Plug-ins. Studio One 6 adds three new plug-ins: a de-esser, a vocoder, and the latest revision of the DAW’s stock equalizer – ProEQ3. ProEQ3 is a dynamic equalizer, a truly sophisticated feature for the stock EQ built into a DAW.

Studio One’s autofilter has also been updated with new parameters and capabilities. The de-esser is simple but effective, and the vocoder opens up substantial new creative options.

Sidechain. Virtual instrument sidechain support is a handy mix feature. Routing an audio signal to the sidechain input of a virtual instrument used to be a bit of a chore. Now it’s a simple pull-down menu. Any audio can be routed to an instrument’s sidechain input, either at the source or the destination. By using auxiliaries, external signals can be introduced, a handy way to get a microphone input to the aforementioned vocoder, for example.

Track presets and other mixing delights. A new track preset feature lets you save and recall literally everything about tracks or channels. If you use a large-format mixing console, you’ll be happy to see the new fader flip mode.

Any auxiliary can now be flipped with the mixer’s main faders, making it easy to adjust send levels for effects, cue mixes, and sidechains. This is particularly nice for working with fader controllers, making it quick and easy to adjust all the effects sends, tweak a monitor mix, and so on.

Auxiliary sends can applied to effects channels, for instance to send a delay into a reverb.

Alternative panning modes. Double-clicking a channel’s pan display opens a larger display showing balance, dual, and binaural panning. You can now link the panning of an auxiliary to the panning of the main channel.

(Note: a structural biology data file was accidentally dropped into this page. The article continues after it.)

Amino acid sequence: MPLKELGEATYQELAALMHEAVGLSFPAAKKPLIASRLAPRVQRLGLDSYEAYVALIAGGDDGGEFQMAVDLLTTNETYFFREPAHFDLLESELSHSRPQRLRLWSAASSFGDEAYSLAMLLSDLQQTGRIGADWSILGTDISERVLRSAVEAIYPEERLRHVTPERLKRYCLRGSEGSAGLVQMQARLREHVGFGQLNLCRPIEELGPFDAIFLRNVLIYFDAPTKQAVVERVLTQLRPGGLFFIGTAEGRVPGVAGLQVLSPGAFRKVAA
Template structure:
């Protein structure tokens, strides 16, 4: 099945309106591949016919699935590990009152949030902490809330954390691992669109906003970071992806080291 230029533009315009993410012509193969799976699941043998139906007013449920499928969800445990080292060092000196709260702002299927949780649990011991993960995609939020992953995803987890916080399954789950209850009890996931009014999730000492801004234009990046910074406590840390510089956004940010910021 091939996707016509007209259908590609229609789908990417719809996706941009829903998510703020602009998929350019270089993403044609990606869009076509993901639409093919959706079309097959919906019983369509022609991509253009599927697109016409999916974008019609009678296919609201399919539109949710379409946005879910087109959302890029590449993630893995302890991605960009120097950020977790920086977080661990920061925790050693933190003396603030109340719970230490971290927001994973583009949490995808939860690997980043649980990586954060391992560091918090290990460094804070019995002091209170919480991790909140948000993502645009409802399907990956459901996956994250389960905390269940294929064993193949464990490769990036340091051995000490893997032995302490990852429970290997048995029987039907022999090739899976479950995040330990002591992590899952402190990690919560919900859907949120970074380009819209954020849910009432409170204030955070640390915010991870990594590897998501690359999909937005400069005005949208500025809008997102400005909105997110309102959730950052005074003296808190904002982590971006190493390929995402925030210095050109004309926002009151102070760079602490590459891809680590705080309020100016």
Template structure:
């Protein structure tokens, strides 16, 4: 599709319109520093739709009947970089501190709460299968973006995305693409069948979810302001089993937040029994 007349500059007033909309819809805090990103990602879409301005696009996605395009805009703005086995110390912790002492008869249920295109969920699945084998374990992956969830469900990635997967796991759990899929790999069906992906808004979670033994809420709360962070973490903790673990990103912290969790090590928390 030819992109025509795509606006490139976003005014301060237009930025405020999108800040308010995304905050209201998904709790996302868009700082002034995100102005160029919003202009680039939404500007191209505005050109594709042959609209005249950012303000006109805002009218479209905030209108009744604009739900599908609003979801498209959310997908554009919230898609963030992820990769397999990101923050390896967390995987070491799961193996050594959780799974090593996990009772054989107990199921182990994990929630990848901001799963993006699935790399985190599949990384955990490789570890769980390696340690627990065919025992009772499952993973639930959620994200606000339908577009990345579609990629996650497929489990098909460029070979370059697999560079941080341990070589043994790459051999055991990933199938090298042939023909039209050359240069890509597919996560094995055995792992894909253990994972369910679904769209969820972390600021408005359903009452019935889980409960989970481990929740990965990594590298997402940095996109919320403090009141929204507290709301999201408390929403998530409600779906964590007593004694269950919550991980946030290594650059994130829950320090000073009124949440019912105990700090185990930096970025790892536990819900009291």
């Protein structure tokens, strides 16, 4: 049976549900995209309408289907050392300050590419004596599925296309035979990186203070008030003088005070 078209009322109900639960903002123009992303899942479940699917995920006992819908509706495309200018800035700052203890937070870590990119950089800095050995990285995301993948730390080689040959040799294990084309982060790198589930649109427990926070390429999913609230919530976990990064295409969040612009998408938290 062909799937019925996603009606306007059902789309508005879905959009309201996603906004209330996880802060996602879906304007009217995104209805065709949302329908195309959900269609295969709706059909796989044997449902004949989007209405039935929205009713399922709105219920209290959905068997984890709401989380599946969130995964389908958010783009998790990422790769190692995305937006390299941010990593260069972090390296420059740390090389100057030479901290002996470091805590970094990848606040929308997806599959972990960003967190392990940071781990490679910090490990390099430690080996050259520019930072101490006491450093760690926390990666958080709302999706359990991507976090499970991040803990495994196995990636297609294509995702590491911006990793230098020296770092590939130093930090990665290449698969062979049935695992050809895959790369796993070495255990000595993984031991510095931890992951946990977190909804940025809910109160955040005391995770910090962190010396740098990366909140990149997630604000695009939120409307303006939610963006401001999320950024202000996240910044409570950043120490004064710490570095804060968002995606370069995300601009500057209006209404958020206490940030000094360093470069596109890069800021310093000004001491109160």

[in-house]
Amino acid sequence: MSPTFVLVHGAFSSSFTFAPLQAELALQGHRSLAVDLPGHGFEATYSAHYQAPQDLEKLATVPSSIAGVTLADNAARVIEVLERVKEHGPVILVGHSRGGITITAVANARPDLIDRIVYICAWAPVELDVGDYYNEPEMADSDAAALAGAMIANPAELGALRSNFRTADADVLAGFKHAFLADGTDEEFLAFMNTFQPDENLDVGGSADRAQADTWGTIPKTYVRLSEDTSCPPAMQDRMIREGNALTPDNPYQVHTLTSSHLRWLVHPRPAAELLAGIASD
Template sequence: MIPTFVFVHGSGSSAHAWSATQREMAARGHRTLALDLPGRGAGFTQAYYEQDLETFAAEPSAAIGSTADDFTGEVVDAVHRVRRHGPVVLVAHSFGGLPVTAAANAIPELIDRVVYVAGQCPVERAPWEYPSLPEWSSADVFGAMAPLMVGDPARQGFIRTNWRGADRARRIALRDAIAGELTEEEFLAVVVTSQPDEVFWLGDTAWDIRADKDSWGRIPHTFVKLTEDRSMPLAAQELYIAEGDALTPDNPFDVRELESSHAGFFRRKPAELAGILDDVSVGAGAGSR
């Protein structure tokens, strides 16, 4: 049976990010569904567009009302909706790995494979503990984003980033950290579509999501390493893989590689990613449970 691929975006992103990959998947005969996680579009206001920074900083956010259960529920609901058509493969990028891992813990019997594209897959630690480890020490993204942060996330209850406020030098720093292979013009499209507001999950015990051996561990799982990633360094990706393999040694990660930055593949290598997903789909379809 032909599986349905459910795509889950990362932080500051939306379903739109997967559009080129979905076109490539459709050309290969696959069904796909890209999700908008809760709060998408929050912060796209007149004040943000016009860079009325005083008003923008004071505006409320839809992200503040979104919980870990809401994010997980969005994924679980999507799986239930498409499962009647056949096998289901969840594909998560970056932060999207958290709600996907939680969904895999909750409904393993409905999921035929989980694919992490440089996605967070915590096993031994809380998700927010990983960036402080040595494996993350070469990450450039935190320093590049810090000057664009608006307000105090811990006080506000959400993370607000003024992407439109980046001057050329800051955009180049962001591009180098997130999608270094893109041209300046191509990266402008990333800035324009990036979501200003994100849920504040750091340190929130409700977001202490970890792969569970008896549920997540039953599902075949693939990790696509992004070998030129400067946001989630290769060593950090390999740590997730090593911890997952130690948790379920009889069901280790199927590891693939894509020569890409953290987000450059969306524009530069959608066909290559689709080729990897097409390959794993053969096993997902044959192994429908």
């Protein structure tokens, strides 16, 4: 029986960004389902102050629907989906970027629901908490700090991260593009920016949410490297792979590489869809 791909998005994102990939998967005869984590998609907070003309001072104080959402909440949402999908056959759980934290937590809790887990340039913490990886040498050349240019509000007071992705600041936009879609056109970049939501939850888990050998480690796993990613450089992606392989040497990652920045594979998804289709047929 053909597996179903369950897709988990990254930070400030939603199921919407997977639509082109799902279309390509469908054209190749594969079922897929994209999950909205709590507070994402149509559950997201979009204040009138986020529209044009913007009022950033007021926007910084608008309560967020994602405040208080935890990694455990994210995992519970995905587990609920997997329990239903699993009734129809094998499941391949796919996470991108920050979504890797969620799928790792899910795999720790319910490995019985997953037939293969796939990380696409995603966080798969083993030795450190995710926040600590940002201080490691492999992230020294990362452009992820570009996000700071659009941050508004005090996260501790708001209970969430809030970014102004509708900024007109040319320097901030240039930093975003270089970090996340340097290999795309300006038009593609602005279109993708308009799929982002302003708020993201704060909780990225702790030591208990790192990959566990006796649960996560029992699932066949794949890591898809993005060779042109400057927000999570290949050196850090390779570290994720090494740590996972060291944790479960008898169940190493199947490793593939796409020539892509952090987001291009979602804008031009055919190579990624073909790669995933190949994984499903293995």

Double clicking an auxiliary send now opens a larger display, making it easier to control. Studio One has historically offered “micro view” controls for parameters in its stock plug-ins, but parameters of third-party plugins can also be displayed on the channel in the same way, and you choose which parameters are shown.

Track and channel icons are now available, with images for just about any musical instrument, section, or other mix-oriented element imaginable. A new “mixer channel overview” has  pop-up box showing every attribute of the selected channel.

Collaboration. The new version advances the DAW’s collaboration features, making for an easier workflow with others using any DAW, not just with other Studio One users.

MPE. Note controller features (for polyphonic aftertouch and MIDI polyphonic expression) has now been integrated into Studio One’s Mai Tai, Sample One XT, and Presence XT virtual instruments, for more expressive playing with MPE-compliant controllers.

Database. You could already organize plugins into folders in the browser, but now you can designate presets as favorites.

A similar improvement has been made at the start page level of the DAW. Sessions can now be organized into folders, for example a folder for each artist or project. You can create a unique profile for each artist, including name, genre, website address, and an image – all information to be imbedded into each mix as ID3 data (ID3 is a metadata container standard).

Stepping back. PreSonus is throwing a bone to several different types of users. Some of the improvements are targeted at small studio producer types (“beatmakers”), some at composers for film and television, others are targeted at serious mixers.

The improvements are substantial and beneficial, and they signal that fears of Fender dumbing the product down were unfounded.

Studio One has always been quite customizable, but it’s even more so in version 6. It has some meaningful advantages over other DAWs, particularly for songwriting and composition. Studio One 6 represents a considerable step forward.